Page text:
In January we reported on an incident in Roatan where a U.S. family’s rental car was shot up while on a beach access road. The family of four (with two children) were robbed at gunpoint and terrorized. The family had arrived in Roatan via a Carnival cruise ship.
This violent crime followed a warning issued in December 2013 by the the U.S. Department of State warning. You can read the warning here. Since 2010, Honduras has had the highest murder rate in the world. As I mentioned in our prior article, the warning indicates that “the vast majority of serious crimes in Honduras, including those against U.S. citizens, are never solved; of the 50 murders committed against U.S. citizens since 2008, police have only solved two.”
This past week we have received complaints from tourists and cruise visitors to Roatan. One woman from the U.S. was attacked after she traveled to Roatan to dive. Here are her comments:
“I ..i am female..came to roatan to dive and was basically attacked by 3 local men on this island. They assaulted me then robbed me..holding a knife to my neck. I heard them discussing kidnapping me for a ransom..or selling me to a slave market…to be taken out by boat. I got away when another tourist group drove by with several guys in the car. They saved my life. No one should go to this God forsaken island. I have learned a scary and nearly life ending lesson.”
Another U.S. woman informed us that she and her two children (boys 15 and 16 years old) were robbed during a private excursion to a beach. They were held at gun point and knifepoint and robbed of all of their valuables. The woman, a single mother, stated that the cruise line, Royal Caribbean, did not warn them that there is a crime problem in Roatan or, in particular, armed robbery at the roads to and from the beaches in Roatan which seems to be a particular problem. The incident occured, according to the woman, at an access road to Palm Beach.
In addition to these two recent incidents which were reported directly to us by the victims, concerned expatriate U.S. citizens living in Roatan have told us about armed robbery on the island, mainly against people riding in taxi’s or driving on beach access roads. We have learned that a taxi with four cruise passengers was recently stopped by two local men at Palm Beach. The men held a knife to a woman’s throat and pointed a gun at a man’s head. One robber reportedly fired a shot into the taxi. The men stole the cruise tourists’ money, cell phones, cameras and other items.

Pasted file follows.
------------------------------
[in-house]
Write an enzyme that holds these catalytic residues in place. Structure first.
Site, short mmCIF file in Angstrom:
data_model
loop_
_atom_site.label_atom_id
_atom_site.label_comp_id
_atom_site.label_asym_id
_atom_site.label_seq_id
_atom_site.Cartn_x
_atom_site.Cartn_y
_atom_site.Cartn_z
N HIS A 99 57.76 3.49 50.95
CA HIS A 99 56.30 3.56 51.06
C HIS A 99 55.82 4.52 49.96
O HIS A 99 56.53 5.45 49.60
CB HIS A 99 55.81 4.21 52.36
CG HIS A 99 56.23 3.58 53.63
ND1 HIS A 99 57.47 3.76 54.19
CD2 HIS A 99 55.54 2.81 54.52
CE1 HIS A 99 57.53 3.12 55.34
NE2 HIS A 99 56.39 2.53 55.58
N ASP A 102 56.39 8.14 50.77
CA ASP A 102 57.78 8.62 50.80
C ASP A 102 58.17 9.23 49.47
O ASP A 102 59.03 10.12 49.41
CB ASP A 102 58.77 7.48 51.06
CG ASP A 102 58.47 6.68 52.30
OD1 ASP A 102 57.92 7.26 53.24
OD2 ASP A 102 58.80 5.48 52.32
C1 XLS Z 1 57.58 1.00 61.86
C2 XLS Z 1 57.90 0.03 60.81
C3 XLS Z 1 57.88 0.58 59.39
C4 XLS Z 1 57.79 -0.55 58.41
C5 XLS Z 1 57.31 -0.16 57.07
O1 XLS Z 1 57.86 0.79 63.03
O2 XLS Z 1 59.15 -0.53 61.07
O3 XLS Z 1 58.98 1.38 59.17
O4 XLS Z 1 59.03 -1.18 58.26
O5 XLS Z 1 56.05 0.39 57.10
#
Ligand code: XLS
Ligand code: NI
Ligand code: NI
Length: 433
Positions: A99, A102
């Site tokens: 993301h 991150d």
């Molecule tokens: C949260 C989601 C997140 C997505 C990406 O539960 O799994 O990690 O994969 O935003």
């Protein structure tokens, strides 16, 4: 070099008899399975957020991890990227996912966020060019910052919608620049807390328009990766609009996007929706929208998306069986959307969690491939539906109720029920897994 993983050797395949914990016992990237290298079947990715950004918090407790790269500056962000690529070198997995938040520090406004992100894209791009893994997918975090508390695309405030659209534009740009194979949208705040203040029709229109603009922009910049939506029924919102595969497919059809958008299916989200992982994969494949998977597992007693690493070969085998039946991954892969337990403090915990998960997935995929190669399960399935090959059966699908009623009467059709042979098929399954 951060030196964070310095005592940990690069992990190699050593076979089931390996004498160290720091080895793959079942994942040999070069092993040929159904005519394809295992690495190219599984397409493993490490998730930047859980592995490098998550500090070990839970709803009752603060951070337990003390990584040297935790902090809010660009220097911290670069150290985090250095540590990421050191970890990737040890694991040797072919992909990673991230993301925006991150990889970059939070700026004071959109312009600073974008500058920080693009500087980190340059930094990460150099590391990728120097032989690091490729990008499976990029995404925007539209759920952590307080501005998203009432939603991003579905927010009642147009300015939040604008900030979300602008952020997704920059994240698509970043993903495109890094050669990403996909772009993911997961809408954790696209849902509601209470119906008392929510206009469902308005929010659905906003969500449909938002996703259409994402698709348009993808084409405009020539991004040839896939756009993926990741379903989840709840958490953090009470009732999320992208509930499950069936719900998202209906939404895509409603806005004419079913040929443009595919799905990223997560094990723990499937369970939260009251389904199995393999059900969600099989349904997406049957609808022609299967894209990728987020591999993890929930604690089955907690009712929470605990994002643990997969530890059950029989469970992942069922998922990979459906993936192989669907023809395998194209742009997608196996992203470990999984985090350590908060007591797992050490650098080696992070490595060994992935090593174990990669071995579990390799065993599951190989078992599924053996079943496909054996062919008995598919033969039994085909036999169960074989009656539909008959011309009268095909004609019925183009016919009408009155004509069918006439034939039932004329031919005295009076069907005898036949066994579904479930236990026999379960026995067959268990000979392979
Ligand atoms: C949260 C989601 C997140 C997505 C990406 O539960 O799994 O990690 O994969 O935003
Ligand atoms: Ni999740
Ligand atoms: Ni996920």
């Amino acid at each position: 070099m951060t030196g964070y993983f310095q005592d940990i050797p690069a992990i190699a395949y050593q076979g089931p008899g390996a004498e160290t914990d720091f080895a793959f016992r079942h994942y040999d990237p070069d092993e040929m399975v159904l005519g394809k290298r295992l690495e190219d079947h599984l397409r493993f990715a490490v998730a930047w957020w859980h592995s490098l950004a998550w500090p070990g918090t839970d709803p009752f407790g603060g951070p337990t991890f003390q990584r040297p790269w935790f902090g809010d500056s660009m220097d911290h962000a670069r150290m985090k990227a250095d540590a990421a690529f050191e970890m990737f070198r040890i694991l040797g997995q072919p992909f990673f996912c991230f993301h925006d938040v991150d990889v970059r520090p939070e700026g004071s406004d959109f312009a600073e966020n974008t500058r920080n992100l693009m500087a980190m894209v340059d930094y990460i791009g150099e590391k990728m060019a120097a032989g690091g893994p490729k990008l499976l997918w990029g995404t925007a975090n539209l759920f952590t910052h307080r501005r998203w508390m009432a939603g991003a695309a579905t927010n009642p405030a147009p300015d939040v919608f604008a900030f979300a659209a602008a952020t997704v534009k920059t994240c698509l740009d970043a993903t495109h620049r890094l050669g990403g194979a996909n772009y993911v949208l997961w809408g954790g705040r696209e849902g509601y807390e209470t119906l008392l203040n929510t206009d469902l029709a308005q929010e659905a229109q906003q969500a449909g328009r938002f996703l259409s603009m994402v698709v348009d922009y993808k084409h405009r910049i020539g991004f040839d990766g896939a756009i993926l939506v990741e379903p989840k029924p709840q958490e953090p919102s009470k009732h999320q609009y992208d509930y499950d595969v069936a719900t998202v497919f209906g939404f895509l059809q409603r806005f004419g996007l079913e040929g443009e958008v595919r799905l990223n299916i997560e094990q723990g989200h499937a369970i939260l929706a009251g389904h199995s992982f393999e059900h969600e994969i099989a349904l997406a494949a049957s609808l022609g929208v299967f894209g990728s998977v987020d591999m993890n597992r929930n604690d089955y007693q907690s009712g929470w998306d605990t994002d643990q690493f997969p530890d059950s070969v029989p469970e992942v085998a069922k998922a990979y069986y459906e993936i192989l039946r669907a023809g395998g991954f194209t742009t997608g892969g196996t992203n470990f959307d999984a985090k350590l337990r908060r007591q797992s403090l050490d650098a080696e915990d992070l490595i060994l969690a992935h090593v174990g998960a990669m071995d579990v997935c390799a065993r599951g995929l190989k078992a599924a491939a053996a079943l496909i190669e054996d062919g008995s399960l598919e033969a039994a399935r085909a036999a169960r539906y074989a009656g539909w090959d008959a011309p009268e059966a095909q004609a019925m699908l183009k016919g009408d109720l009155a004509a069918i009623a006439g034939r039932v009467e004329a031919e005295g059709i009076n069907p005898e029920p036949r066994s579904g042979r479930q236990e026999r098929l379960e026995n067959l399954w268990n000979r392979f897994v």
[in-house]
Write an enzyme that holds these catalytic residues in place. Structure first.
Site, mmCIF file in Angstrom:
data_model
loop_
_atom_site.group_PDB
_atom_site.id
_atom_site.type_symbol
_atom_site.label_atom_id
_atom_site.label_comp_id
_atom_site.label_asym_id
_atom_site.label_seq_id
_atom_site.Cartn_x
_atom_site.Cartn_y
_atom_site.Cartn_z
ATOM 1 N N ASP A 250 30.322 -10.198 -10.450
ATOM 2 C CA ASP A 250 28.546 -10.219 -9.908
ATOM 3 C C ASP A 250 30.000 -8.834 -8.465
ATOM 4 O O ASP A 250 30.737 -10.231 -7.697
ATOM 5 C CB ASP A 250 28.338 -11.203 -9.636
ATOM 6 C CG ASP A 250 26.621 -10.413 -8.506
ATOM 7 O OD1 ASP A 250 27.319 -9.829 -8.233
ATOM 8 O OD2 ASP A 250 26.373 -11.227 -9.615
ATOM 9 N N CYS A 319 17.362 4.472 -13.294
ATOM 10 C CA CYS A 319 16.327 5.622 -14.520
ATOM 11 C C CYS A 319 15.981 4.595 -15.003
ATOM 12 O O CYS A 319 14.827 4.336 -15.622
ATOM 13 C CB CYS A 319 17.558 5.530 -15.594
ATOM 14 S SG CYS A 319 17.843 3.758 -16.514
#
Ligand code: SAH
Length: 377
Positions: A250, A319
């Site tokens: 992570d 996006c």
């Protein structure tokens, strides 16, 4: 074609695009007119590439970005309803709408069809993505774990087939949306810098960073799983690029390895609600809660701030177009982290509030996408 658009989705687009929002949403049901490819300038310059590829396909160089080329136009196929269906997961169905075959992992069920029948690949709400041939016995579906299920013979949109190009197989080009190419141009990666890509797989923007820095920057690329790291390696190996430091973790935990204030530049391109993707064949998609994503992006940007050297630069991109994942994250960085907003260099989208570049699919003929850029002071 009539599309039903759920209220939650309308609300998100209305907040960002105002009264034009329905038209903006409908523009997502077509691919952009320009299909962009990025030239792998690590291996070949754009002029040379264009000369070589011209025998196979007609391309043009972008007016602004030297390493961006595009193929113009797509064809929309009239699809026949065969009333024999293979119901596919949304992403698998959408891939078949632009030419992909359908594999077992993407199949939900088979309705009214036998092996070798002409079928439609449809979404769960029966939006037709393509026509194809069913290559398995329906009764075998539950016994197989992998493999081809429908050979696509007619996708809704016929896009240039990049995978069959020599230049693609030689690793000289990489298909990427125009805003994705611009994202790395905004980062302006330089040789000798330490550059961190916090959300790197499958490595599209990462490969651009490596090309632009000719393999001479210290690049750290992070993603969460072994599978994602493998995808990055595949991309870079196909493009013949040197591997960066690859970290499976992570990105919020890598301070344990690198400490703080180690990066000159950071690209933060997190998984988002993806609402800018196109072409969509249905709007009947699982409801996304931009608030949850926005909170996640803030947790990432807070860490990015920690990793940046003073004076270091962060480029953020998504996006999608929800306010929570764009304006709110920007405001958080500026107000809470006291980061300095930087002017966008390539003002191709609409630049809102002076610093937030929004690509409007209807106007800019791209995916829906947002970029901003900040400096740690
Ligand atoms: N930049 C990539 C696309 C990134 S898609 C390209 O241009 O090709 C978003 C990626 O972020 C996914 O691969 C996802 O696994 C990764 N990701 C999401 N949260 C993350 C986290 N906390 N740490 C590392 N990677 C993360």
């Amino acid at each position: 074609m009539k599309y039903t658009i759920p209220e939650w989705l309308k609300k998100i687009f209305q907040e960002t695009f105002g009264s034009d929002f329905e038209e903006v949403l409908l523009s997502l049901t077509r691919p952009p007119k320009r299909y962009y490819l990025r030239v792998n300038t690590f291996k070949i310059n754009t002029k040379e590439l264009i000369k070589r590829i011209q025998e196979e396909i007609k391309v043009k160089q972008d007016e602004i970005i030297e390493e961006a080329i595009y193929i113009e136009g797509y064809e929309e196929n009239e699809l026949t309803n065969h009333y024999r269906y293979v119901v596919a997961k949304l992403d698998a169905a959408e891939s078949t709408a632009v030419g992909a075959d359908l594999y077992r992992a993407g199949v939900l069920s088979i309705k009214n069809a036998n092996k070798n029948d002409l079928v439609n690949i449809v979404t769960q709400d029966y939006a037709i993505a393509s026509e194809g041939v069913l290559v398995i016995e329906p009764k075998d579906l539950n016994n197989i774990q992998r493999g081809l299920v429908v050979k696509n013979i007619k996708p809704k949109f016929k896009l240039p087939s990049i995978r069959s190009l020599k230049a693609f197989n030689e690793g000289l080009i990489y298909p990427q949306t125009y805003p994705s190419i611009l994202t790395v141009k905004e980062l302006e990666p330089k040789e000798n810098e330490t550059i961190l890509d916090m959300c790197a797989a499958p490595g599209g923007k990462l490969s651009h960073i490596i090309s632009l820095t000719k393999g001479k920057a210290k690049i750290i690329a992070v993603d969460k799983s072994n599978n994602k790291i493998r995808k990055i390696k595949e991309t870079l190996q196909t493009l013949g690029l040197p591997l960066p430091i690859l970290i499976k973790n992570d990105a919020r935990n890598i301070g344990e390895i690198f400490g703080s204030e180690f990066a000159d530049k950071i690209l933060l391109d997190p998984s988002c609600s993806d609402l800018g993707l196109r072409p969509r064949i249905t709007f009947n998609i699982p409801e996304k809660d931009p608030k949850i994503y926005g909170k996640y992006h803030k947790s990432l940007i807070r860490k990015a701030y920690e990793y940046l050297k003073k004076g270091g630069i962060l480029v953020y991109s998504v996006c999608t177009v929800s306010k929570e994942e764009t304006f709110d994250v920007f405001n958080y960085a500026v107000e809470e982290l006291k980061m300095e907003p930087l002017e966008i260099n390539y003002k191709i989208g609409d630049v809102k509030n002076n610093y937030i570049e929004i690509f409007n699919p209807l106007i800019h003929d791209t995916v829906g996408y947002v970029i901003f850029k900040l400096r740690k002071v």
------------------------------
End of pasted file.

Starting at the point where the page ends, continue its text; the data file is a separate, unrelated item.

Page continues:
After our article in January, we received comments from U.S. and Canadians living in Roatan that it was unfair to lump the island of Roatan with the mainland of Honduras as a dangerous place to live or visit. Some property owners who have invested in real estate in Roatan under the hope and belief that they would live in a slice of paradise may be second guessing themselves considering what appears to be increasing violence against people arriving from North America.
Some people don’t like us to write articles like this, arguing that “crime occurs everywhere” or just “use common sense.” But all of the victims who contacted us were using common sense and doing what people normally do while on a vacation. The point is that certain types of crime occur more often in certain places than others. The problem is that criminals in these poor countries are targeting U.S. passengers with iPhones, cameras, jewelry and cash. The New York Times recently published an article about crime problems in Roatan: Security Concerns on a Honduran Island.
From our view, there appears to be a rising tide of crime against cruise passengers throughout the Caribbean ports. Honduras and the Bahamas are the only countries we know with port facilities which are the subject of warnings about crime from the U.S. State Department.
The cruise industry just convened their annual trade show, Cruise Shipping Miami, with much fanfare on Miami Beach. A delegation came from Honduras, promoting Roatan. I wonder what, if any, discussions the delegates from the Caribbean islands had with the cruise lines about keeping cruise passengers safe?
Have a thought? Please leave a comment below or join the discussion on our Facebook page.
Read our prior article about crime in Roatan.
Map & photo credit: Top – Global Healing; Bottom – Jim Walker.